Wisconsin Race Signals Historic Shift In Power of Unions
Candidate Mary Burke Bases Her Challenge of GOP Gov. Scott Walker on Lack of Job Creation
By PETER NICHOLAS CONNECT
April 28, 2014 7:28 p.m. ET
Democrat Mary Burke in October. AP
EAU CLAIRE, Wis.—It was the most searing political fight in Wisconsin’s recent history. Yet, as Democrat Mary Burke campaigns for governor across the state, it is as if the battle that curbed union benefits, eroded labor’s clout and made Gov. Scott Walker a star within the Republican Party never happened.
Ms. Burke sticks to a bread-and-butter argument that job growth has faltered under Mr. Walker. She talks up her business credentials as a former executive at her family’s business, Trek Bicycle Corp. But Ms. Burke largely steers clear of the 2011 law championed by Mr. Walker that drew tens of thousands of protesters to the Capitol in Madison while coming to define the governor’s tenure.
As Democrats see it, there is no realistic path to victory over Mr. Walker in November by building a campaign around restoring Wisconsin’s public-employee unions to their former status. That fight has been fought—and lost, many Democrats said. Mr. Walker won a recall election in 2012 that was largely a referendum on his tussles with the unions.
Underscoring the new political calculus in Wisconsin, Ms. Burke is waging a campaign that parts ways in important respects from one of the most reliable pieces of the Democratic coalition: organized labor. She doesn’t say she would repeal the law, called Act 10. Nor does she favor lifting the requirements that many public employees contribute more to health and pension benefits.
“I think it’s only reasonable,” said Ms. Burke, 54 years old, the leading candidate in the Democratic field. Instead, she said she would work to reinstate collective-bargaining rights that were rolled back.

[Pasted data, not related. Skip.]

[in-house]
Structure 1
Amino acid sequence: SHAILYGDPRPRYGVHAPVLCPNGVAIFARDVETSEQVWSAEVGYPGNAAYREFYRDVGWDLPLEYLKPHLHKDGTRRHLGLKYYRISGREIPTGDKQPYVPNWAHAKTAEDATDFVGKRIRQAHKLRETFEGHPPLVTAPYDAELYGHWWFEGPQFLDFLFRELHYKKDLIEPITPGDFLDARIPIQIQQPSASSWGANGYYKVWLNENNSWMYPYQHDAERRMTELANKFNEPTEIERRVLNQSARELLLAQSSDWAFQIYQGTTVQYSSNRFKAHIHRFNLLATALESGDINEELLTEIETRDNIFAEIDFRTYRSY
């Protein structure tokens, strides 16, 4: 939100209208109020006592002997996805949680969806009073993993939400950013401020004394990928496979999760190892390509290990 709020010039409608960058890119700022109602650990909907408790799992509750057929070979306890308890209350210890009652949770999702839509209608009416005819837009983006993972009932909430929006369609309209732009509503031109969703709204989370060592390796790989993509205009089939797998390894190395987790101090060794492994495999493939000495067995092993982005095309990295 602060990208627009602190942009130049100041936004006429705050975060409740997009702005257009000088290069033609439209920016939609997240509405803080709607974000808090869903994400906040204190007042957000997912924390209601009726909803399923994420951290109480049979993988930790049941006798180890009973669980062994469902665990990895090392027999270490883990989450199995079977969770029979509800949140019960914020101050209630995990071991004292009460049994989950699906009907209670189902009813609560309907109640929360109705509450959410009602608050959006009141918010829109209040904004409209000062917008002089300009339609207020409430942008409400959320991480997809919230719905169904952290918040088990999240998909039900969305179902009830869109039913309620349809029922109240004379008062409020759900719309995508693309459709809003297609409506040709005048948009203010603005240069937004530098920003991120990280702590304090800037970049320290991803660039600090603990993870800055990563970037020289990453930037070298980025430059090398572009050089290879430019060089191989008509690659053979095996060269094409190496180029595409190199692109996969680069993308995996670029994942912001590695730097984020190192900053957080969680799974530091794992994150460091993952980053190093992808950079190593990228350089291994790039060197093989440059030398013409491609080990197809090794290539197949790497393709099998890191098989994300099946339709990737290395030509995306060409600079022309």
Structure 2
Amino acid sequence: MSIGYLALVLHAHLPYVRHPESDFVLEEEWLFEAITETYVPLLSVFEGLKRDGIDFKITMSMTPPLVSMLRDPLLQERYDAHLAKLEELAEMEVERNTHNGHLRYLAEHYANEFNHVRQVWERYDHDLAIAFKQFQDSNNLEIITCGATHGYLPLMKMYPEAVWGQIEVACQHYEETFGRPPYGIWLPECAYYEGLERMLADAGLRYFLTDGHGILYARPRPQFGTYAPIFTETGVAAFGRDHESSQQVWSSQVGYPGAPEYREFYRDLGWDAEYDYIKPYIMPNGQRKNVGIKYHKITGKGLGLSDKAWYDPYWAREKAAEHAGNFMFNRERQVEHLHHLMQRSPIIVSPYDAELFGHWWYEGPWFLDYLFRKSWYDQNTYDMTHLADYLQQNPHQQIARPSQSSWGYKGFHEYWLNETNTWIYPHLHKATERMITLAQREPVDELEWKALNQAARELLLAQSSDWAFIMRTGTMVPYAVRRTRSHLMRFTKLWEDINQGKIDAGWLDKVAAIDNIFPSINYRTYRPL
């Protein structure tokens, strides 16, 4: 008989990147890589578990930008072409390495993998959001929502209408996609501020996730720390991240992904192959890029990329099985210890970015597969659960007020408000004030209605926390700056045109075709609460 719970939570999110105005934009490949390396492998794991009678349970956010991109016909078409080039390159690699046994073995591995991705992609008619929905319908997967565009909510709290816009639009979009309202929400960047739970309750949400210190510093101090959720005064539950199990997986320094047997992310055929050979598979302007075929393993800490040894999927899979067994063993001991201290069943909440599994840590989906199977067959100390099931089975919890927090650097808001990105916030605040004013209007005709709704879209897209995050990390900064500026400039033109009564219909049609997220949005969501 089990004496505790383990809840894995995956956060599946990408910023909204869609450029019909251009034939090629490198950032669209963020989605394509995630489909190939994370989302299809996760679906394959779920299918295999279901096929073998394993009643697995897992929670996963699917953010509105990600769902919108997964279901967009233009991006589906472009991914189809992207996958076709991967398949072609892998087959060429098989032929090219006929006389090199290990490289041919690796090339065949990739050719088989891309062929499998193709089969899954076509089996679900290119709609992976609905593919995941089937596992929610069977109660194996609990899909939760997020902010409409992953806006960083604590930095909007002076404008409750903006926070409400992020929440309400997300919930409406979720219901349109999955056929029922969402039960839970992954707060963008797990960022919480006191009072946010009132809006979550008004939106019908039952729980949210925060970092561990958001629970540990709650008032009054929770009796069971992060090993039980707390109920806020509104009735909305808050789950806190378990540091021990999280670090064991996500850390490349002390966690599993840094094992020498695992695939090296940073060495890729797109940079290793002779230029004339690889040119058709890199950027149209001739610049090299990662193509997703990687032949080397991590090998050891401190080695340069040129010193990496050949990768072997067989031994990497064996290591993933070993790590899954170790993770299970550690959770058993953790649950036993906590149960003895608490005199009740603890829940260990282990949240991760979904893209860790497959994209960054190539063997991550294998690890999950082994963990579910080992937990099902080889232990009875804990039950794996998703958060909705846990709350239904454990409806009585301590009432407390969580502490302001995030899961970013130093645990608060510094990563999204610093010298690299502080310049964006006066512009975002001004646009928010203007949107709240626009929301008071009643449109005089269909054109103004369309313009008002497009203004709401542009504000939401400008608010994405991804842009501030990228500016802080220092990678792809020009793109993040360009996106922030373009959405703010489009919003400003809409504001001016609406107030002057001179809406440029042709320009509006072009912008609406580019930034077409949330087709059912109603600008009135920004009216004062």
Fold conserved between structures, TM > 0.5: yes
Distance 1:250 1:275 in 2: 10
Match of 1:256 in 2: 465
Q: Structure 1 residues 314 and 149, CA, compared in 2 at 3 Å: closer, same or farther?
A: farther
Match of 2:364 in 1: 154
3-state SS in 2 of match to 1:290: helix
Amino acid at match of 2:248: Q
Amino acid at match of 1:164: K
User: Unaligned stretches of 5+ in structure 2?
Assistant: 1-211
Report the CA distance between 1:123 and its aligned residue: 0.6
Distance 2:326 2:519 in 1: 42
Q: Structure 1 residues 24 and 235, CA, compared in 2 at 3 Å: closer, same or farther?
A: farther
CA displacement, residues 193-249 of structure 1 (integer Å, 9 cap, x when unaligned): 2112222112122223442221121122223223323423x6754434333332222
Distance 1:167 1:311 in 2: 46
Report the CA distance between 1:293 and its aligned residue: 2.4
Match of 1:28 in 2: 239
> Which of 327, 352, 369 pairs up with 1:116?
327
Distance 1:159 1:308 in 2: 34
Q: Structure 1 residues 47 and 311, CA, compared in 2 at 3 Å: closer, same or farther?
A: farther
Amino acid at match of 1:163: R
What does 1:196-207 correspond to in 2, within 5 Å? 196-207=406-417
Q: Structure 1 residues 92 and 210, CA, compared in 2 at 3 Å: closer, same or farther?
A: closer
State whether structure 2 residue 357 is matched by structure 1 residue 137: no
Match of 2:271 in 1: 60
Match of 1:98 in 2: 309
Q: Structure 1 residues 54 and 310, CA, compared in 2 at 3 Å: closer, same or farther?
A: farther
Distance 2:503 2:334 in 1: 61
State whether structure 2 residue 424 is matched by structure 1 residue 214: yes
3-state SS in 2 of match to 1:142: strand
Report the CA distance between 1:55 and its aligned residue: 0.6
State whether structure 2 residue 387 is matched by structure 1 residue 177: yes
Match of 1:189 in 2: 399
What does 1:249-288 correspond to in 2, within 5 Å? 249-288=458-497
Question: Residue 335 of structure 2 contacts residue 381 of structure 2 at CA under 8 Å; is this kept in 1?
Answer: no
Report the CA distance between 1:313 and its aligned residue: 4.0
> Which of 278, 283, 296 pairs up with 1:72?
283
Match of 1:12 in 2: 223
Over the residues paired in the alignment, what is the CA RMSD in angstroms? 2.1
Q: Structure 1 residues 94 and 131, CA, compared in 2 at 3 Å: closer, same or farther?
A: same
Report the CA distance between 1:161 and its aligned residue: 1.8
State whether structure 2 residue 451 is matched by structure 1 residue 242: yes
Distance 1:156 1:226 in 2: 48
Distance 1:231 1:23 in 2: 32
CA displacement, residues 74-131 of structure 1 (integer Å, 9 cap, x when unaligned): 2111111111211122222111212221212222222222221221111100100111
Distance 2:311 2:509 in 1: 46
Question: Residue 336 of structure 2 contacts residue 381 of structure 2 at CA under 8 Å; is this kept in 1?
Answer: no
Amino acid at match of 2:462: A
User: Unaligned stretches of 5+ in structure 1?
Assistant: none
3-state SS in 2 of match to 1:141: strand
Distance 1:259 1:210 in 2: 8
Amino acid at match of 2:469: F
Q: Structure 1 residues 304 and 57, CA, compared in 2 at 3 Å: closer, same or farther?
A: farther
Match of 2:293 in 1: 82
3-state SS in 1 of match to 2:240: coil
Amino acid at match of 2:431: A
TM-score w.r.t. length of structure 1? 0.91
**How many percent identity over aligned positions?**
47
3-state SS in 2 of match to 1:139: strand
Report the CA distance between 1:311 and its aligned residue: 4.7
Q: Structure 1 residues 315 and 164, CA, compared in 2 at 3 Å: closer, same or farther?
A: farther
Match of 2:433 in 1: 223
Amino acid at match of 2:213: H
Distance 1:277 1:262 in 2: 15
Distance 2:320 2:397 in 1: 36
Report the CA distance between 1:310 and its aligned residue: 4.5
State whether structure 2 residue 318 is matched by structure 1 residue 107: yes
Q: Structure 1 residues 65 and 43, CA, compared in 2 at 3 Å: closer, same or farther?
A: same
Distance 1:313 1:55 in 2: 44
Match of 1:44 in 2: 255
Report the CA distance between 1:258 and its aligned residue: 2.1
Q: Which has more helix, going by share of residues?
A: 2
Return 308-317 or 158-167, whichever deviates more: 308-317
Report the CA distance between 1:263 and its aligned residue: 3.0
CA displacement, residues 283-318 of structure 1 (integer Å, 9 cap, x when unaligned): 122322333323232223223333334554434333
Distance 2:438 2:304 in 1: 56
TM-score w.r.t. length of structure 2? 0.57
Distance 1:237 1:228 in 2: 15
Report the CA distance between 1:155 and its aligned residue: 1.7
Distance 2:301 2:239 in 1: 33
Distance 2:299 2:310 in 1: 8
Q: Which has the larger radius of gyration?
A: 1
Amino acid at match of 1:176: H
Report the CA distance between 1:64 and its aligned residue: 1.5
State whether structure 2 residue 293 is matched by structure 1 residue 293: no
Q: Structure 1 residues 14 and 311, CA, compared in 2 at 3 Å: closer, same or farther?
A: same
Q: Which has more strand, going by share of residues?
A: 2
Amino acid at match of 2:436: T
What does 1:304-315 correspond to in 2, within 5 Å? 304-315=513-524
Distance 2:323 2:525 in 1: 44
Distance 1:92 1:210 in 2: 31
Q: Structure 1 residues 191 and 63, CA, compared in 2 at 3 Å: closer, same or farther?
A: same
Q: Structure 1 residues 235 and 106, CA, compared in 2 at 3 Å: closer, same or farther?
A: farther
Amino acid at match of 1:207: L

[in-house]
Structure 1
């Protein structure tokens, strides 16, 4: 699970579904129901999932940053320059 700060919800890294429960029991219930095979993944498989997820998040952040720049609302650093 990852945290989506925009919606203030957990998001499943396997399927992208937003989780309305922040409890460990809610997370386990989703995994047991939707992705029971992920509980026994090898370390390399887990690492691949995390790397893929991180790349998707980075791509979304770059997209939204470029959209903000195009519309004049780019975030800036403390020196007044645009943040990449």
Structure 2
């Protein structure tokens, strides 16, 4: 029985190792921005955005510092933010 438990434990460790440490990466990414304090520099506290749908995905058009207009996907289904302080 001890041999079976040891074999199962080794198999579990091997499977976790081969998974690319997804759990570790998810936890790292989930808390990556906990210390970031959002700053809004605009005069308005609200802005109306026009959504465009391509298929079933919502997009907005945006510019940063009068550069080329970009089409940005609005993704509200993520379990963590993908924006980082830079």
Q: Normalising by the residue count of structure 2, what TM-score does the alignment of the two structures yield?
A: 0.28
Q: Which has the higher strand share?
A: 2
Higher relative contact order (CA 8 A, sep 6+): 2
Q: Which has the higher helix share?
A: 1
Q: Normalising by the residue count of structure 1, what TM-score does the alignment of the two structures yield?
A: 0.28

It’s the only viable play, some analysts say, if she wants to peel away some of Mr. Walker’s supporters. A losing strategy for Ms. Burke would be to cast herself as an unwavering advocate for a weakened labor movement, they say.
“It’s a smart election strategy for Burke,” said Jake Rosenfeld, a University of Washington professor and author of the book, “What Unions No Longer Do.” “As unions decline in the eyes of many Americans, they’re seen as just another special interest—one that is disconnected from their own lives. The expectation that labor will come roaring back and win this election single-handedly is just not realistic.”
Act 10 abolished most collective-bargaining rights for public employees, permitting them only to negotiate cost-of-living pay increases. It also did away with automatic deductions for union dues. One result: The share of public workers who belong to unions has fallen, blunting union clout. The law carved out an exemption for police, firefighters and some transit workers.
Mr. Walker, in an interview, suggested Democrats are in an tough spot. Because the law has gained acceptance, the party must send two different messages: One to moderate voters who support Act 10, another to the core Democratic base that wants it abolished.”In this election, the problem that any of my opponents have is they can’t win over independent, swing, persuadable voters in the middle if they’re viewed as being aggressively acting to repeal Act 10,” he said. “Because most of those voters acknowledge it’s working.”